Immigrant Bengalis

Ph.D. Study in USA: A Letter to My Nephew

Basab Dasgupta

Dear Kalyan:

You have asked me a very simple question: whether I believe that coming to USA for your PhD study is a good idea. I will give you a very long and complicated answer which may help you or profoundly confuse you.  I hope that it is the former!

First I will give you some general observations and comments.  Then I will tell you my own personal perspective and experience.  Finally, I will tell you why the decision about doing PhD in USA is a major life altering decision and not just a decision about higher education or making money.

The Indians who come to USA for higher study (not just PhD, but also MBA, MD, MS etc) can be classified into three groups: i) those who complete their study and then go back to India; ii) those who settle down permanently or semi-permanently in USA whether or not they complete their original goal and iii) those who are not necessarily highly talented but have relatives in USA already, who support them by providing housing, money, emotional support etc.  They typically do not return to India either.  The first group used to be a rather small fraction of Indian immigrant population, but it has been steadily increasing over the past several years as more opportunities open up in India.  With your good grades, it would not be very difficult to get admission for PhD in most schools; the key is where you can get teaching assistantship or fellowship to cover your tuition as well as living expenses.  If you apply for financial assistance to a large number of schools, it is likely that you will get such help from some school; apart from your academic record, your score in GRE and recommendation letters are important factors in getting that.  It is fairly easy to get adjusted to the American way of life.  Two major issues are weather (depending on where you go) and necessity of a car (life without a car here is almost impossible).  Living so far away from family and friends can also be emotionally draining, depending on one’s personality.

What typically happens is that by the time one completes the advanced degree (which can take anywhere from three to six years), one is used to the comfort and convenience of American life and depending on one’s qualifications, job opportunities may arise which are hard to resist.  So many Indians apply for H-1 or similar visas that would allow them to work (student visas do not!) or try to get an immigration visa (the so-called green card) one way or another.  They say to themselves: “Oh, I will just work for three years, save a lot of money and then return to India to have a nice life”.  Then these three years turn to five and then to ten and then to indefinite stay (the only scenario that forces them to go back is if they cannot get the appropriate visa).  They get married (whether to Indians or other nationalities in US or going back to India for an arranged marriage), have kids and it becomes more and more difficult to uproot that life and go back.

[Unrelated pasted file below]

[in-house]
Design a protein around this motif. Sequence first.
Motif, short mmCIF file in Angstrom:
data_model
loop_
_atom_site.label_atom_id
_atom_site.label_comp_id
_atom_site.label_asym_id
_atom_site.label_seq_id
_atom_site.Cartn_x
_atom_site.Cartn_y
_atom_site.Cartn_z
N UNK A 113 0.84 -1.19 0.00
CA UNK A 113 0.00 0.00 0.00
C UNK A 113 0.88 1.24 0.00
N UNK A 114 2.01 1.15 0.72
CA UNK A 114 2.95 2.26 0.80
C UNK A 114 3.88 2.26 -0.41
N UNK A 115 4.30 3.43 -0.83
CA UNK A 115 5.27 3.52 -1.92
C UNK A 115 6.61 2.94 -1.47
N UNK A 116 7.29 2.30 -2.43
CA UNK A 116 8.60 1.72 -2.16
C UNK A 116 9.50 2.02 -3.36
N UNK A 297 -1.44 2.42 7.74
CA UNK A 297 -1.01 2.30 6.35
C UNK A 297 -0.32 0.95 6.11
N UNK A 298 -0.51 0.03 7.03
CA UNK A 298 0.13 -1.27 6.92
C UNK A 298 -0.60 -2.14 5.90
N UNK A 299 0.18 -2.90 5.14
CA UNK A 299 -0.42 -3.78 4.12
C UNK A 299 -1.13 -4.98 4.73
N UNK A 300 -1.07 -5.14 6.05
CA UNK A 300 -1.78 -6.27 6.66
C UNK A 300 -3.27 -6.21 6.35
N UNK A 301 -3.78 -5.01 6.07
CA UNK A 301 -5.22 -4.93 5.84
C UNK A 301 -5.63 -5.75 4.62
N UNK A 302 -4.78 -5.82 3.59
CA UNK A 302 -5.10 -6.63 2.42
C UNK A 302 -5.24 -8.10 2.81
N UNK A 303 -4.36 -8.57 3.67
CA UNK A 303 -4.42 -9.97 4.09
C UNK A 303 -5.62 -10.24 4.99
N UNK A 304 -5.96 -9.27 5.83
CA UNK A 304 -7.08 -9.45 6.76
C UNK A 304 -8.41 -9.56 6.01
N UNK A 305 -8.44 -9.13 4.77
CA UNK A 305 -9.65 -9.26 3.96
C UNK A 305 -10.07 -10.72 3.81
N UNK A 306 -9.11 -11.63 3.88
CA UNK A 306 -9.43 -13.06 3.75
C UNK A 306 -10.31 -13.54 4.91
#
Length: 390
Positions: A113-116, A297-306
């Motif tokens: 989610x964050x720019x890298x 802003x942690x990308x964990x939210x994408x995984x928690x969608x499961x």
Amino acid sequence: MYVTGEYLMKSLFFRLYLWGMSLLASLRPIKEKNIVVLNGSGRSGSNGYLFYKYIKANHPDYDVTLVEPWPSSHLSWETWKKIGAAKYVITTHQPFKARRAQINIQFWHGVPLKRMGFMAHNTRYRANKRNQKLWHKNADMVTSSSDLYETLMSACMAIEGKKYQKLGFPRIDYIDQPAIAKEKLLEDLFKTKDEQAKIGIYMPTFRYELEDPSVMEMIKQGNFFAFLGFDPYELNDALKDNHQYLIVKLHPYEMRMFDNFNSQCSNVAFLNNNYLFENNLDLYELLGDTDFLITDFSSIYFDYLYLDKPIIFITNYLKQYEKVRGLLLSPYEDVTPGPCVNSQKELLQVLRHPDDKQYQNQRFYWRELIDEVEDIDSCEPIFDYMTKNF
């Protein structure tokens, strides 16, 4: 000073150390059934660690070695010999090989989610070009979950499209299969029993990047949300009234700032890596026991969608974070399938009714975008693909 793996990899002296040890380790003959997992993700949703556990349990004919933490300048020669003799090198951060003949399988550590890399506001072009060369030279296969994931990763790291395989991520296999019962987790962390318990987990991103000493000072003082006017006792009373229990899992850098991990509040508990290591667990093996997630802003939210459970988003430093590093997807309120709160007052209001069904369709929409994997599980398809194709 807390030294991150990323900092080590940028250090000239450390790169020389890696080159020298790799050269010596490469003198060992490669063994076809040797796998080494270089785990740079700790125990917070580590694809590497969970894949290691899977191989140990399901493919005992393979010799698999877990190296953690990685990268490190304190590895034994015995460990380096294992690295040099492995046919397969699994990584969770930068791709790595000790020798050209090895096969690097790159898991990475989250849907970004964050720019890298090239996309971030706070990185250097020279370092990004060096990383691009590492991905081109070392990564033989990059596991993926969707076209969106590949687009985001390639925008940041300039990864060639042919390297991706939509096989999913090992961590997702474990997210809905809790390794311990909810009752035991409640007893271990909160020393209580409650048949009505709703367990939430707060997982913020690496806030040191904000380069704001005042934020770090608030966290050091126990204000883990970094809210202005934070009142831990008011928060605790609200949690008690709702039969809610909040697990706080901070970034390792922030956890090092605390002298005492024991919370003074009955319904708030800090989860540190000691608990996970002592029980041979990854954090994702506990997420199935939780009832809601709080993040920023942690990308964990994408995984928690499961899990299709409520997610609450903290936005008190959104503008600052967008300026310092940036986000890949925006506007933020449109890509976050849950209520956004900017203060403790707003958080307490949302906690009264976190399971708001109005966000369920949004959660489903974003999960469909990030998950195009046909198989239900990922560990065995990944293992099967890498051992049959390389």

The Indians who have close relatives (specially “blood” relatives) find it easier to live here and achieve their goals for obvious reasons.

Now let me tell you why I came to USA and decided to stay.  When I was in college I often used to imagine what an “ideal” society would be like that would be most compatible with my personality and interests.  It was very clear to me that the Indian society (and especially the Bengali society) was NOT it!  However, I did not have a clear vision of such a society.  I came to USA (in 1971) for two reasons: i) nearly all of my classmates from Presidency College were either already in USA or applying for PhD in USA.  So there was a peer pressure.  ii) As you probably know, I fell in love with a woman who was applying as well and whose brother was in USA already.  I really did not have a whole lot of knowledge or expectations about American way of life.  After I came, I realized within a relatively short period that in spite of many social problems, the American society was close enough to my “ideal” society.  As a result, although I did not tell this to my parents, I knew deep down inside that this was where I belonged and this was where I would live the rest of my life.  There has never been any thought on my part about going back!  When my mother passed away (in 1975) I felt that my umbilical cord with India was finally cut off.